E-BOB: Encrypted BOB.

U-BOB: Unencrypted (or decrypted) BOB

BWTP: BackWeb's transport protocol [Backweb™ is used herein as an example of an offline access server. Other offline access technologies can, of course, also be used.]

CD: Compact Disk.

CTS: Central Transaction Server

CUS: Central Update Server

Clearing House: A partner in the purchase process who clears the financial instrument, e.g., credit or debit card.

Collateral: Displayable attributes, including but not limited to “box/icons”, ads, data sheets, 3rd party opinions, etc. All of the displayable information associated with an intellectual property or digital content, but not the item itself, plus all advertisements (including those for things other than digital content carried by the store).

DVD: Digital Versatile Disk. A high capacity removal media.

GIF: A file extension defining a graphic file. (Graphics Interchange Format).

Hardgoods fulfillment house: A partner in the purchase process who warehouses, picks, packs and ships physical product.

Hex Accumulator Client profile “clickstream” accumulator.

Inventory: As referred to herein, a collection of digital content. In some cases collateral may be regarded as included.

ILK: Intellectual property long key.

IPP: Intellectual property provider (A software development company).

JPEG: A file extension defining a graphics file. (Joint Photographic Engineering Group).

OEM: An Original Equipment Manufacturer.

Pop-up: A window that appears overlaid on a screen. (often used to display additional required information or choices).

Digital content: Items sold directly (e.g., software products in the inventory on the client 12).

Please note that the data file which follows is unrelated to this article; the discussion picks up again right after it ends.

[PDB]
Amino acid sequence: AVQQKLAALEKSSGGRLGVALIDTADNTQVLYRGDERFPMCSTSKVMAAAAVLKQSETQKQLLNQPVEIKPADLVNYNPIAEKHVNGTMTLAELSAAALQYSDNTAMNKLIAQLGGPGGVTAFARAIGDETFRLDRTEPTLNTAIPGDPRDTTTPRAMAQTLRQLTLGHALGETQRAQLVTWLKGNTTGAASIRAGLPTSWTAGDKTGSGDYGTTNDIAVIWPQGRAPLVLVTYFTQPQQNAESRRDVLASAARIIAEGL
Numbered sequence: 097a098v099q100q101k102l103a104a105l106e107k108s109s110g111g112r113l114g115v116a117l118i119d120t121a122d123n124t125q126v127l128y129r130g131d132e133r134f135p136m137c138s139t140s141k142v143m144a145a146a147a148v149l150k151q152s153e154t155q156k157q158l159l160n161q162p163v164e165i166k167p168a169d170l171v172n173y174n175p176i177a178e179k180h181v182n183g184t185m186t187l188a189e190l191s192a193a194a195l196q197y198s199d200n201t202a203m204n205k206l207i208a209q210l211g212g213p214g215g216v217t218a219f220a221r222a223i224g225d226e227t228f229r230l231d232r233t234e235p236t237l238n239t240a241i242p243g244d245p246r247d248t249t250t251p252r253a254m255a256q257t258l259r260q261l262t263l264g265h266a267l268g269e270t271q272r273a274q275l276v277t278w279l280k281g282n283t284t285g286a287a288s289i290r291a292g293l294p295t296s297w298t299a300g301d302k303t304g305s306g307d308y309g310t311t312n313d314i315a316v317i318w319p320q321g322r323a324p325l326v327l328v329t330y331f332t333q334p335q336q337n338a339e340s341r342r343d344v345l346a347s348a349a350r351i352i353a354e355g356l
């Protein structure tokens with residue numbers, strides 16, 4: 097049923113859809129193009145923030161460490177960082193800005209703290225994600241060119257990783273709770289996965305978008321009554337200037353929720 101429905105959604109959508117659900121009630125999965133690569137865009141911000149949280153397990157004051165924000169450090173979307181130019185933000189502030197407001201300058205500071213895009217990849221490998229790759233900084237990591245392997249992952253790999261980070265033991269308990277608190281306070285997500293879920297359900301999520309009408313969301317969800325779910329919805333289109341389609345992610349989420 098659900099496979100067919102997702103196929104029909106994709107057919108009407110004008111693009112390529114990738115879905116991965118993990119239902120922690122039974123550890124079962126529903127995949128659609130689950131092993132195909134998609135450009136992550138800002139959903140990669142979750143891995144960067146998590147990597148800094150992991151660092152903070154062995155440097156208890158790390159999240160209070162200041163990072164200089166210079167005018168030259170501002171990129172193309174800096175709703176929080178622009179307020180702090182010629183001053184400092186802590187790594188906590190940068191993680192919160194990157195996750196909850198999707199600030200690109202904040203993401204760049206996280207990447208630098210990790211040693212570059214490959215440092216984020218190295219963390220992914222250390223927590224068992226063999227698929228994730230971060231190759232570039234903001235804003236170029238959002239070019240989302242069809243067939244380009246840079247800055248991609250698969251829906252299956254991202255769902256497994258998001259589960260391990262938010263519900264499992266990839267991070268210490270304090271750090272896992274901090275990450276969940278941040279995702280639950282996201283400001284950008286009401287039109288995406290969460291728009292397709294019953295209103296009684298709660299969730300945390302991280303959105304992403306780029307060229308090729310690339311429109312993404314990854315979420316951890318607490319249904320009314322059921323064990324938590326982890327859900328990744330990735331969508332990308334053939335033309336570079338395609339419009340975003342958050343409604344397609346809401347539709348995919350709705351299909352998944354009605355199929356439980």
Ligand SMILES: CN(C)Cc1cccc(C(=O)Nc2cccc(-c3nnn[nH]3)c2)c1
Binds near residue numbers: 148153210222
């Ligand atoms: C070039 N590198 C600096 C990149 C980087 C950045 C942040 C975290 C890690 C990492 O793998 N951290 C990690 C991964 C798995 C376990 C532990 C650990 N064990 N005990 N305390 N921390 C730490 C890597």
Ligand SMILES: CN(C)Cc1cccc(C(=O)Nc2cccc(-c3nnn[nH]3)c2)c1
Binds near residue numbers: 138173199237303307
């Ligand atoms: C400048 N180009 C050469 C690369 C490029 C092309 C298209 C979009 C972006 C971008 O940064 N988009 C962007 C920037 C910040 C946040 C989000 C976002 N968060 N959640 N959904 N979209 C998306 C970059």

Proxy: A component or service that acts on behalf of one or more other services. Proxies generally add value by acting as repeaters and intermediate cache locations (thus reducing backend load, and reducing latency), and by filtering (thus providing security, or restricting access), or by translating (thus providing security).

HTTP Proxy: A proxy that provides service for network traffic using Hypertext Transport Protocol.

BWTP Proxy: A proxy that provides service for network traffic using an offline access server's transport protocol. [Note, BWTP Proxy is used here for consistence because Backweb™ transport protocol is used as an example and BWTP is the acronym used for that.]

Purchase Points Credits, e.g., funny money or “green” stamps. Rights to purchase certain digital content assets without “real money”. Purchase Points are presumably granted by OEMs or perhaps by returns.

Push Channel: A stream of data that can be received by a client system. Clients can “subscribe” to channels of data. Channels use the metaphor of “pushing” data to clients, rather than using clients to “pull” data.

Rotating Ad: A banner that provides multiple static banners each in turn.

Servers: [See separate Servers Summary, below.]

SKU: Shelf Keeping Unit, an integrated configuration of components.

Store: The second Level in the hierarchy. The store is a subset of the DCVM 10 and contains aisles.

Static Ad: A banner that does not change position or form during the viewing.

APPENDIX B Servers Summary

Servers: In the preferred embodiment there are six servers, as per conventional meaning, generally, and as follows. Some of these may actually be served by the same physical system, or be distributed among several servers and distributed geographically.

Process Server Receives, inventories, tracks intellectual property (IP products, collateral and code); verifies and accepts inventory. Tracking and versioning are done using Agile™ or a similar “WIP”/“Component Control” software. (Centralized. Not Distributed).